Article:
Garlic Harvest Party This Saturday!
You’re invited to our Party!
for details click here
The potluck for the Garlic Party is around 1pm. We’ve often had three or more “shifts” come and go througout the Garlic Harvest day. If you’d like to come for awhile, I definitely recommend you orient your “shift” around the potluck! The food’s fantastic, the people too! (I’m hearing about (our pastured pork) sausage quiche, zucchini cake, dilly beans, and more). The third shift, late in the day (sometimes into the night!) are essential pick-us-up’s, adding a burst of necessary new energy and enthusiasm to power through and keep getting ‘er done. If you’ve got an hour, three or more, come on out! Everybody’s welcome!
I Need Volunteer Farm Help
You can do this!
anytime, the week of August 4th through 10th
for details click here
Pulled from Sandor Katz, The Art of Fermentation. 2012.:
“We must reclaim our food. Food is much more than simply nourishment. It embodies a complex web of relationships. It is a huge part of the context in which we live. Reclaiming our food means actively involving ourselves in this web….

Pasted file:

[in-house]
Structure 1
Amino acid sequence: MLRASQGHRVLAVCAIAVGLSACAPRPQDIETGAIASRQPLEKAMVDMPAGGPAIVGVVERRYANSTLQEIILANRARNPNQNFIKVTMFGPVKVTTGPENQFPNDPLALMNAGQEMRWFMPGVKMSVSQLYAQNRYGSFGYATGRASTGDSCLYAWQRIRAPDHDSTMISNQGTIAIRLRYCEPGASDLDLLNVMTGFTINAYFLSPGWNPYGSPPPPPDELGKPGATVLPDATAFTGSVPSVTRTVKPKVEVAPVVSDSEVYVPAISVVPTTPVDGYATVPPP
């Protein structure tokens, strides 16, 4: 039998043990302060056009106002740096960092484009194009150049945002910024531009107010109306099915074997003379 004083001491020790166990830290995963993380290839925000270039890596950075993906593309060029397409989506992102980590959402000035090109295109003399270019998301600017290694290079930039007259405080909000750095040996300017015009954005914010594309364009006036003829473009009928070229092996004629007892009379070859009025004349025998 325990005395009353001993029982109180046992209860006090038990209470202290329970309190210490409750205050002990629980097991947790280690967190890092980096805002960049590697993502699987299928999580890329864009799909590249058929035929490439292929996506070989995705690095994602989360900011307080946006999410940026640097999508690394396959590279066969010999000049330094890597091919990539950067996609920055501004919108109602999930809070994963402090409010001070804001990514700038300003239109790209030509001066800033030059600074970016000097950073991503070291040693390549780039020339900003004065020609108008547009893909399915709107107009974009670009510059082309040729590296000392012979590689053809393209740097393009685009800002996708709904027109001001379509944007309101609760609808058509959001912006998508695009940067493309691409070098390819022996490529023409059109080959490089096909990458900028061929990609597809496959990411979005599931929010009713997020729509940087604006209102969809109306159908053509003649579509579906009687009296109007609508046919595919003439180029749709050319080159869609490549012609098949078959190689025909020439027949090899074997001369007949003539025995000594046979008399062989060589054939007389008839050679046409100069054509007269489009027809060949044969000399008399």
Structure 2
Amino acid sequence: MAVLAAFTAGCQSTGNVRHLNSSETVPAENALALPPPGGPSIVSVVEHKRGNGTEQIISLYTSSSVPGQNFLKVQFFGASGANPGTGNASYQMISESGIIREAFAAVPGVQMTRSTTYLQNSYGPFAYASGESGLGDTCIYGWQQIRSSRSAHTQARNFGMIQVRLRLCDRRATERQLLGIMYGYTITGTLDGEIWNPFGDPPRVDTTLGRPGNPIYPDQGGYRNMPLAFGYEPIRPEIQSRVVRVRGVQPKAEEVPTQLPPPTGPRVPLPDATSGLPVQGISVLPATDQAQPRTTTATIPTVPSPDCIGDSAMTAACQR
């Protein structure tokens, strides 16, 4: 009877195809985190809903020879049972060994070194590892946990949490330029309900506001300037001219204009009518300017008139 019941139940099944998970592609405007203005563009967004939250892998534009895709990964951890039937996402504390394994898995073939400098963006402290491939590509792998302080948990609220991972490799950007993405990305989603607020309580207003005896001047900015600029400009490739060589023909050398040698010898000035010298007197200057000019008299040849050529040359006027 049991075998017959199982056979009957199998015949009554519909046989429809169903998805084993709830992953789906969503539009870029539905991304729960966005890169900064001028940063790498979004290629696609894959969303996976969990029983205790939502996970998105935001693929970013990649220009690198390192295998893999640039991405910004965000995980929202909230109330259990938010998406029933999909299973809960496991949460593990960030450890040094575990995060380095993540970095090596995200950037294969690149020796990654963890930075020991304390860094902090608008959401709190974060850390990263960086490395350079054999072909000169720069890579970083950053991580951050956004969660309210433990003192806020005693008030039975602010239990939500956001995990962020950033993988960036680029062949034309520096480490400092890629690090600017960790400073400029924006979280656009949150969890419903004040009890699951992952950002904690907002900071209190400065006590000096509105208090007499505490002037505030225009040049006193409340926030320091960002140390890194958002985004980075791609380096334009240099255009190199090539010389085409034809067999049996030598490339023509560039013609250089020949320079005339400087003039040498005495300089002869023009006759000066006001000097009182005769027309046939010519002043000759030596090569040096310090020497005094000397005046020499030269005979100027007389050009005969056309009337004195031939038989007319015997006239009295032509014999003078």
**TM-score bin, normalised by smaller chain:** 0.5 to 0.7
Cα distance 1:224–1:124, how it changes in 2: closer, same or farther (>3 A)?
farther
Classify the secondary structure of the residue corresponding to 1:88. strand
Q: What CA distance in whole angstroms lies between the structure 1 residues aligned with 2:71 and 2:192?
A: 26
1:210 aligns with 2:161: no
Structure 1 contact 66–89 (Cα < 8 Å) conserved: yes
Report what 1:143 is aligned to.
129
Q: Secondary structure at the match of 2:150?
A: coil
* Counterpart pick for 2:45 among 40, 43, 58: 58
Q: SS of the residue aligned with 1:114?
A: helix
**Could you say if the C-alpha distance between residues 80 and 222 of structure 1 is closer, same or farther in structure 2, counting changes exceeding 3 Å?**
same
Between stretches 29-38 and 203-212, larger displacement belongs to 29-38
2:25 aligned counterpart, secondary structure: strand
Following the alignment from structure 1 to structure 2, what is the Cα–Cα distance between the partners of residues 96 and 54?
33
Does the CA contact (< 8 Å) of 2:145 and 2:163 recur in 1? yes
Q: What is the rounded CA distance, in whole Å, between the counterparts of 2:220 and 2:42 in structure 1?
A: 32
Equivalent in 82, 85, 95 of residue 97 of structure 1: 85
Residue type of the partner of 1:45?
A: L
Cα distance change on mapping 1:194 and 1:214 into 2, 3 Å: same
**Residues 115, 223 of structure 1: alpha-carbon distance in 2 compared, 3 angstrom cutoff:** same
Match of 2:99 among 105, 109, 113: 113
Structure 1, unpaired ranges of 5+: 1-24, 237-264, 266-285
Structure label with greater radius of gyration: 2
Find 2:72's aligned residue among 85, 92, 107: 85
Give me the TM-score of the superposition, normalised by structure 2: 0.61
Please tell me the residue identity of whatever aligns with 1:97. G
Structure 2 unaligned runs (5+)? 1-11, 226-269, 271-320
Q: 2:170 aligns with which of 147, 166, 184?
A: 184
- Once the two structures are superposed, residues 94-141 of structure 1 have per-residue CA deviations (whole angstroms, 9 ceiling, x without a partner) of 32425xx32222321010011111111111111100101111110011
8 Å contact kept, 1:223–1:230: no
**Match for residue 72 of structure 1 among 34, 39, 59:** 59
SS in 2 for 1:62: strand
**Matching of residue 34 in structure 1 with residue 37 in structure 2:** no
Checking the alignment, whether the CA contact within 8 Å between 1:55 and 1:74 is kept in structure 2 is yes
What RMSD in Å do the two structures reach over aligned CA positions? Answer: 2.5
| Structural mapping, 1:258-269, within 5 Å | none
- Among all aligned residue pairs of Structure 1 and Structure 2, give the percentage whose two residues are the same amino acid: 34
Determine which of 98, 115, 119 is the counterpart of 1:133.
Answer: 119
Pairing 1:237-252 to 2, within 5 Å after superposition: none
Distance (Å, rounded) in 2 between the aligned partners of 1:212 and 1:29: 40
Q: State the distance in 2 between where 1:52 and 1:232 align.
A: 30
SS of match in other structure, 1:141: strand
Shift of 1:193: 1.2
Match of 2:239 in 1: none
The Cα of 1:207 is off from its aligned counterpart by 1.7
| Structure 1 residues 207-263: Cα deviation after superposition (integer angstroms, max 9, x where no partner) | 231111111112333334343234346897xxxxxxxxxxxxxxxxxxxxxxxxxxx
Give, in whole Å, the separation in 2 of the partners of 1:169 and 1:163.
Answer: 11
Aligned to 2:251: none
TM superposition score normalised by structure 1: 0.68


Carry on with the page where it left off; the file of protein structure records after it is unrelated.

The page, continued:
Buy local food! Support local agriculture! Get to know farmers, and buy directly from them. Agriculture revitalization is real economic stimulus and real economic security…. Support small-scale local preocessing and production. It means fresher food, local jobs, decentralization, and greater resilience in the face of change…”
in your crate
green beans (see dilly beans recipe)
big kohlrabi (peel & cook)
bagged red russian kale
small banded bunch winterbor kale
full shares only: basil, storage cabbage
recipe 6: dilly beans
(also from Sandor Katz, The Art of Fermentation. 2012)
“Fresh green (or yellow or purple) beans preserved with dill are known as dilly beans. I grew up eating my father’s excellent dilly beans, and to this day, every time I visit him, he pulls out a jar of them to share, and we enjoy them as a crunchy, sour, and light snack while dinner cooks. My dad pickles his dilly beans by stuffing beans in a wide-mouth canning jar with dill, garlic, chili peppers, salt, and celery seed; pouring a boiling mix of half vinegar, half water over them; sealing and heat processing by boiling in a hot-water bath for 10 minutes. Dilly beans may also be fermented under brine. Mix 5% brine (roughly 3 tablespoons of salt per quart/liter of ater) and submerge beans in it, along with lots of dill and garlic. Fermentation time will vary with temperature.”